Ending 9 is incredibly unsettling, just like the episode which precedes it. Makima exploding people remotely, popping them like a balloon, and reducing them to a burst of blood is quite possibly one of the most disturbing things I’ve ever seen animated. This ending grapples with a more “poetic” version of that. Makima’s manipulation of blood is tied to the death of Himeno—a death which robbed her of her flesh-and-blood body. Himeno’s legs are shown slogging through this sea of blood, inhibited by what looks to be ropes made up of intestines. What about our bodies make us weak, vulnerable, alive? And what are we if we have no body at all? This is all tied together by a characteristically excellent performance from Aimer.

5. “In the Backroom” (Ending 5)

Music: syudou

Now we’re getting into the S-rank endings—and the fact that I’d consider almost half of these endings to be S-rank, speaks to the ridiculously high quality of this whole project.

Ending 5 feels like you’re walking through an art museum from Hell. There are a lot of references to M.C. Escher, the artist famous for his infinite staircases. A fitting reference to cap the episode which introduces the Infinity Devil, no?

Honestly, this ending is definitely smarter than I am. There’s Salvador Dali references alongside Biblical references alongside Renaissance Art references alongside freaking Neon Genesis Evangelion references. The symbolism here is deep and profound. This piece chases a lot of them, but beware that it contains major spoilers.

4. “Chu, Tayousei.” (Ending 7)

Music: Ano

This song is S+++, if that’s even possible. And that’s because the chorus has the funniest wordplay imaginable. Ano is singing, “Ge-ge-gero, ge-ge-gero, gero chuu.” The subtitles translate this as, “Get get get on, get get get on, get on kiss.” A cute, fun song about having your first kiss, right?

You’ll be delighted to know that there’s another meaning to this chorus. “Chuu” is kiss, and “gero” is indeed a colloquial way of saying “get on” in Japanese. But “gero” has another meaning: “vomit.”

“V-v-vomit, v-v-vomit, vomit kiss!” Considering which episode this ending comes after, S+++.

The visuals here as fantastic as well, imagining what Chainsaw Man might have looked like as a classic SNES game. The pin-ups of all the female characters feel very “of that time,” too, and are stylized enough that I don’t find them cringey. (Also, damn, Himeno is ripped! You go, girl!) Then the chorus kicks in and we get to one of the most memorable, repulsive, incredible visuals I’ve seen in a long, long time.

3. “Jouzai” (Ending 4)


“Jouzai” is delightful as hell and pokes fun at the way female anime characters are often merchandized as figures with niche, hilariously unrealistic concepts. Power as a … sexy cop! Power as a … sexy maid! Power as a … sexy nurse! Power as a … sexy bunny-ear lady! (Which is now an actual figure.)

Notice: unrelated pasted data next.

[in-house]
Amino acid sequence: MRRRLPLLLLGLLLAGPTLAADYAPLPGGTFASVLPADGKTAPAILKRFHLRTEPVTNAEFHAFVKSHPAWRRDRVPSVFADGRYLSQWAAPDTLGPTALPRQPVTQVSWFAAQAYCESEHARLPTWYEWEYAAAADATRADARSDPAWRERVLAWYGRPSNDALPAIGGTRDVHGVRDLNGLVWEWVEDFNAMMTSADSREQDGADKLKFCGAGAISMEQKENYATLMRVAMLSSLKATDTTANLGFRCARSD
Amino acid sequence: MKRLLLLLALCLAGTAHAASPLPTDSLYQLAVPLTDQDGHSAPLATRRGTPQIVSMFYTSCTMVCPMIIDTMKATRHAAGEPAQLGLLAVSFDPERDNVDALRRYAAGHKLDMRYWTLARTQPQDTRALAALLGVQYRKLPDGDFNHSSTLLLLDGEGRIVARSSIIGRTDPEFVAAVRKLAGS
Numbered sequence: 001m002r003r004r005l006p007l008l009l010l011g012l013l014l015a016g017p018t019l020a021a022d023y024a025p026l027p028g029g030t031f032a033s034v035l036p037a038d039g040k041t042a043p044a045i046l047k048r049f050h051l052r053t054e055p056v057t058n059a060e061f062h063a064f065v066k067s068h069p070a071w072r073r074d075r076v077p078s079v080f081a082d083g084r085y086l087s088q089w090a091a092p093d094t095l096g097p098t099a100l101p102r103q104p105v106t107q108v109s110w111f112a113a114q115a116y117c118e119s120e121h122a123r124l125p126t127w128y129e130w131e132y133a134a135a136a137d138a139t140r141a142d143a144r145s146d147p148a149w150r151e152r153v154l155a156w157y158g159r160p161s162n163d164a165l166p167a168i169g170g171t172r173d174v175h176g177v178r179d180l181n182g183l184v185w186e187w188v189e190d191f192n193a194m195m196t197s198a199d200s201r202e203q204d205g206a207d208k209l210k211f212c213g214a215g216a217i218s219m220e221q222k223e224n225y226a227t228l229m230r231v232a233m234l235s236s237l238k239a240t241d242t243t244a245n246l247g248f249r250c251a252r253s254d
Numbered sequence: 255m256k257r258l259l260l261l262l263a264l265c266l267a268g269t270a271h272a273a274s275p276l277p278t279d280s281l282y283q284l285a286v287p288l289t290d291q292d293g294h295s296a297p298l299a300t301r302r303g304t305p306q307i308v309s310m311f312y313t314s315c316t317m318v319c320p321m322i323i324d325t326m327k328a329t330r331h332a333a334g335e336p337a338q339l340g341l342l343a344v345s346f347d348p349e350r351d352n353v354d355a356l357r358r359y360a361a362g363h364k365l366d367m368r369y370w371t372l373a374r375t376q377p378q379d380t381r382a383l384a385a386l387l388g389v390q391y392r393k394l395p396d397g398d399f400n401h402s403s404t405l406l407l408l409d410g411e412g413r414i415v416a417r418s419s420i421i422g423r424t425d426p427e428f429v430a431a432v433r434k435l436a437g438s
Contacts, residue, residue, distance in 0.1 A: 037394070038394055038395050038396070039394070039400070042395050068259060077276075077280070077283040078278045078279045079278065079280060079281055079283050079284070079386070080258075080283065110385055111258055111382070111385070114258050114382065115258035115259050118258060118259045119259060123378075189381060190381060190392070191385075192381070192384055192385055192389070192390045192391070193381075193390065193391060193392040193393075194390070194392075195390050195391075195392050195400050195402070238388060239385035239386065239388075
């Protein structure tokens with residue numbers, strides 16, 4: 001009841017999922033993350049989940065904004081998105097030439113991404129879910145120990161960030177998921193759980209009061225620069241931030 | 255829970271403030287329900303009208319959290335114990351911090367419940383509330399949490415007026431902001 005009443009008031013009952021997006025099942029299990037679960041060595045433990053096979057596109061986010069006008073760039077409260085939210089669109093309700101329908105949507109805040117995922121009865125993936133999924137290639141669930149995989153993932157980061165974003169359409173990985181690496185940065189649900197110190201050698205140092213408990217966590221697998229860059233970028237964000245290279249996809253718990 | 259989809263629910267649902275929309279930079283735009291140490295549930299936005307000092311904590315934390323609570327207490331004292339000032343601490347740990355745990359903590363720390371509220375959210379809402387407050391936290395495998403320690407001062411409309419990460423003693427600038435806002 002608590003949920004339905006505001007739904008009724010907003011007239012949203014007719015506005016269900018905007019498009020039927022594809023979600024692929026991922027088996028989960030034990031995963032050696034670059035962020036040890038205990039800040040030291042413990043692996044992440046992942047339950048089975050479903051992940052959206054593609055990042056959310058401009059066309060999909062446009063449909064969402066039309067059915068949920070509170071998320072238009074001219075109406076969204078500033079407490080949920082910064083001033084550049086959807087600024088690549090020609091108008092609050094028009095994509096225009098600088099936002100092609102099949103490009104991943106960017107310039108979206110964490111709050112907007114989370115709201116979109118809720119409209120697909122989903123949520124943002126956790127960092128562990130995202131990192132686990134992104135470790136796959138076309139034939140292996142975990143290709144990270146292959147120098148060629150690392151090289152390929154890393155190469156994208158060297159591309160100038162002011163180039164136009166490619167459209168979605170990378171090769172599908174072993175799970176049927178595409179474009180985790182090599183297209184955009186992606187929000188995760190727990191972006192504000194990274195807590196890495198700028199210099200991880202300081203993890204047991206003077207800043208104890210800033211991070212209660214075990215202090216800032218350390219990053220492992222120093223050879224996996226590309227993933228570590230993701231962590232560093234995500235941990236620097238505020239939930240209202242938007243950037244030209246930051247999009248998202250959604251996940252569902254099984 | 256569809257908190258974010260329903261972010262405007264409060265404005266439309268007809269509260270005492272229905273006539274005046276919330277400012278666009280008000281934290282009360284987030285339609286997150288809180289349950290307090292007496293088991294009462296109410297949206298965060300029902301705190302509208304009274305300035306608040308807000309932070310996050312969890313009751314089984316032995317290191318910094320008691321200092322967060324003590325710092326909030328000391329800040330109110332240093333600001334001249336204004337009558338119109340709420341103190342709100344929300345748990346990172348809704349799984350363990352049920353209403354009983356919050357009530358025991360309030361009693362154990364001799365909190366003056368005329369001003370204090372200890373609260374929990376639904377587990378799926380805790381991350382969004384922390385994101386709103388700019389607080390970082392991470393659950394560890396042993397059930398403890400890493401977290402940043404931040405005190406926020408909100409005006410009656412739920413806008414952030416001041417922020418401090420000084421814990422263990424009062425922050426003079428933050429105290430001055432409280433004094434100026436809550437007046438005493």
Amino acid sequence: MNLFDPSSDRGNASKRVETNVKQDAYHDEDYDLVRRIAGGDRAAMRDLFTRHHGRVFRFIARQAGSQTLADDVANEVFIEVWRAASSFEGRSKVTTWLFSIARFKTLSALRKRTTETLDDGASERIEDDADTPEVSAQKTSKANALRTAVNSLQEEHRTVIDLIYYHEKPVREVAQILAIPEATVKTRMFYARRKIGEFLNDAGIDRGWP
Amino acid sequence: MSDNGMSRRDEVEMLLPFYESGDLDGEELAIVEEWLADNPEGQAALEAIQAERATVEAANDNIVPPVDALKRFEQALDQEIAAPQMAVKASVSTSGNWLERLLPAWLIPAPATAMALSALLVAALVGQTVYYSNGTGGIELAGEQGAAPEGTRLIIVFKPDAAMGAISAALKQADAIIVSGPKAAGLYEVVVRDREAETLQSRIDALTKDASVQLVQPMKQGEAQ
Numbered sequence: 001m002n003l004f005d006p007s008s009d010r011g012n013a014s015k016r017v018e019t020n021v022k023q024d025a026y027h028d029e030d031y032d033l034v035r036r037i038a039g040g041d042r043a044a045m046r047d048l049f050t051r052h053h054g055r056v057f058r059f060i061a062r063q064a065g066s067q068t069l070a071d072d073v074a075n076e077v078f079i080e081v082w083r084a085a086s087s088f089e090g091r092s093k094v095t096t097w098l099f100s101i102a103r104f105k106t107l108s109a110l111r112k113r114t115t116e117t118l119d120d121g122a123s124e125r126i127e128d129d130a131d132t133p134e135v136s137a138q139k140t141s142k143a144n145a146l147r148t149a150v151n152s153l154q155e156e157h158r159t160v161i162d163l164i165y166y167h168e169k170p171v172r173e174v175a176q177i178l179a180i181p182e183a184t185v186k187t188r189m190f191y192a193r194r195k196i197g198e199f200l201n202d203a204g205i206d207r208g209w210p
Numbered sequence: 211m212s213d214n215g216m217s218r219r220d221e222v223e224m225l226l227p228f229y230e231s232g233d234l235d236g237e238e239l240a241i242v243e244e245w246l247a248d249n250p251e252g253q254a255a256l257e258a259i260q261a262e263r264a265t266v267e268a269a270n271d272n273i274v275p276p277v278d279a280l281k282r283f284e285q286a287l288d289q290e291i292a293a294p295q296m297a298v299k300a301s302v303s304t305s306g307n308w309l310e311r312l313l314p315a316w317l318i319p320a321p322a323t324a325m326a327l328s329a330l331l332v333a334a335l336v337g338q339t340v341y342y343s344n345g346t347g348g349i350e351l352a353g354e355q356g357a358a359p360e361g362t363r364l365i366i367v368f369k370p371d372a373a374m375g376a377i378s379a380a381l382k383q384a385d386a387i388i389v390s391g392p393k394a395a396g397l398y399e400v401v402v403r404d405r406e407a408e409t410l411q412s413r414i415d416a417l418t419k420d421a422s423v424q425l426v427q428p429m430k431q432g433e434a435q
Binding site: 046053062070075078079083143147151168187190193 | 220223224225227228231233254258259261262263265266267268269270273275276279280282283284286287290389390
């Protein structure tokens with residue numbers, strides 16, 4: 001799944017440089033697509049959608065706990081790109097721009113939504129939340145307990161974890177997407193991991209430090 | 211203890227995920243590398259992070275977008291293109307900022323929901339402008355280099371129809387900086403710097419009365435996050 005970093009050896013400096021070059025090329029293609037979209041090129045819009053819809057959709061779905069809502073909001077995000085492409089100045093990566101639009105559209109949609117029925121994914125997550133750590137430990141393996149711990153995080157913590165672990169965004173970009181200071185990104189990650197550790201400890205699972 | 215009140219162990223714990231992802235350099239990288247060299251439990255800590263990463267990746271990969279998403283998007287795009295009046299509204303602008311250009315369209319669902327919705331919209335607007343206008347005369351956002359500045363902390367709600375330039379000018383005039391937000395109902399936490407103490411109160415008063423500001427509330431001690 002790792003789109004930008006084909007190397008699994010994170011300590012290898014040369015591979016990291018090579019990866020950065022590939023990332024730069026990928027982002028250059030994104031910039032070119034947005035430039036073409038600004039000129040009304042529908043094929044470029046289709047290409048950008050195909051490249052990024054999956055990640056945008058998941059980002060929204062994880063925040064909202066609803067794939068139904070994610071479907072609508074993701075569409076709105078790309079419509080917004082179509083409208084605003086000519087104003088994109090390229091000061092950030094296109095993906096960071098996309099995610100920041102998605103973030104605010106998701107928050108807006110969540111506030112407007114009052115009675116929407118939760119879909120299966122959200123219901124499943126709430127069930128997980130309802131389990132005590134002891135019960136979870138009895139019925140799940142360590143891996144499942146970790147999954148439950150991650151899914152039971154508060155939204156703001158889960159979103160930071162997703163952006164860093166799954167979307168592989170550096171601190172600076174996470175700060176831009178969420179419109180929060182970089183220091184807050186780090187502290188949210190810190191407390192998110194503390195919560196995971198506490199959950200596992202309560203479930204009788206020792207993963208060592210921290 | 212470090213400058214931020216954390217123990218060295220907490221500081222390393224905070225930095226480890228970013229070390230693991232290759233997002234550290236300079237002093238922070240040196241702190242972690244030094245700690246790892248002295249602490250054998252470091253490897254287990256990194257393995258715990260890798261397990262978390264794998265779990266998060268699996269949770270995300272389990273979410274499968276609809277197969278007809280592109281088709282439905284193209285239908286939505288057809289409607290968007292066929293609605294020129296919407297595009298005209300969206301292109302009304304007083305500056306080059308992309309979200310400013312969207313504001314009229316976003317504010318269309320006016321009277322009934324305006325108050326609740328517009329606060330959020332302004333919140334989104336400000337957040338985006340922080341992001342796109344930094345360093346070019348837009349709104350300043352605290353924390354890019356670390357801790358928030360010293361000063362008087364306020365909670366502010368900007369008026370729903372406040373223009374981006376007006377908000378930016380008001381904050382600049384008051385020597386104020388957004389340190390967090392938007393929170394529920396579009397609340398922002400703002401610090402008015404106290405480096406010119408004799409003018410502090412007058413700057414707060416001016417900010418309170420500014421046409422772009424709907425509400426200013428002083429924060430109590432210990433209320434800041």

But what makes this so great is that it’s very clear Power is doing whatever the hell she wants and doesn’t give a shit what anyone thinks. We’re all under her thumb. The fact that this comes immediately after Power sits on the toilet and tells Denji he can touch her boobs underscores this even further—and makes it even funnier. Also, the little zoom in on Meowy while Power’s sitting “provocatively” on the toilet brings me a lot of joy.

This ending premiered right after Halloween, and I was upset because I would have absolutely dressed up as Rock Star Power. Watch out, 2023 cons.

2. “Fight Song” (Ending 12)

Music: Eve

Ending 12 seems specifically designed to make me faint from how perfect it is. What I love most in any anime series is, weirdly enough, not the big fights; it’s the little moments of the characters just hanging out, doing normal shit. Chainsaw Man gave me a lot of this kind of thing (see: Aki’s morning routine), which is part of the reason I love it so much.

Ending 12 is just this vibe. We follow Aki, Denji, and Power as they walk around Tokyo. They go to a temple, they go to a park, they buy ingredients for dinner at the market. They bathe themselves and share a meal together, talking and laughing, then collapse from how full they are. The way Power coddles Meowy, in particular, makes me die a little bit. This whole thing is so goddamn adorable. And it’s all underscored by my favorite Eve song since their immortal contribution to the first opening of Jujutsu Kaisen.


Music: Maximum the Hormone

Everything about this minute-and-a-half track is deeply, deeply my shit. You will not be surprised to learn that this song is brought to you by the same band which gifted us “What’s up, people?!” the absolutely incredible second opening track for Death Note. This song is three completely different songs in one. It’s frantic and disorienting and pulls the rug out from under you multiple times—all in 90 seconds. It fucking rules.

The bizarre, freaky, colorful, psychedelic tessellations of the characters feel like they’re out of a bad acid trip. This ending, hands down, has my favorite animation on this list. You can’t look away from the screen for even a millisecond. Plus, the sleeping Pochita toward the end has been my phone background since the day this ending premiered. He’s so precious.

(featured image: MAPPA)

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Kirsten (she/her) is a musician, audio person, writer, and nerd. When not talking about One Piece or Zelda (among other anime and games), she's finding surprising ways to play the guitar.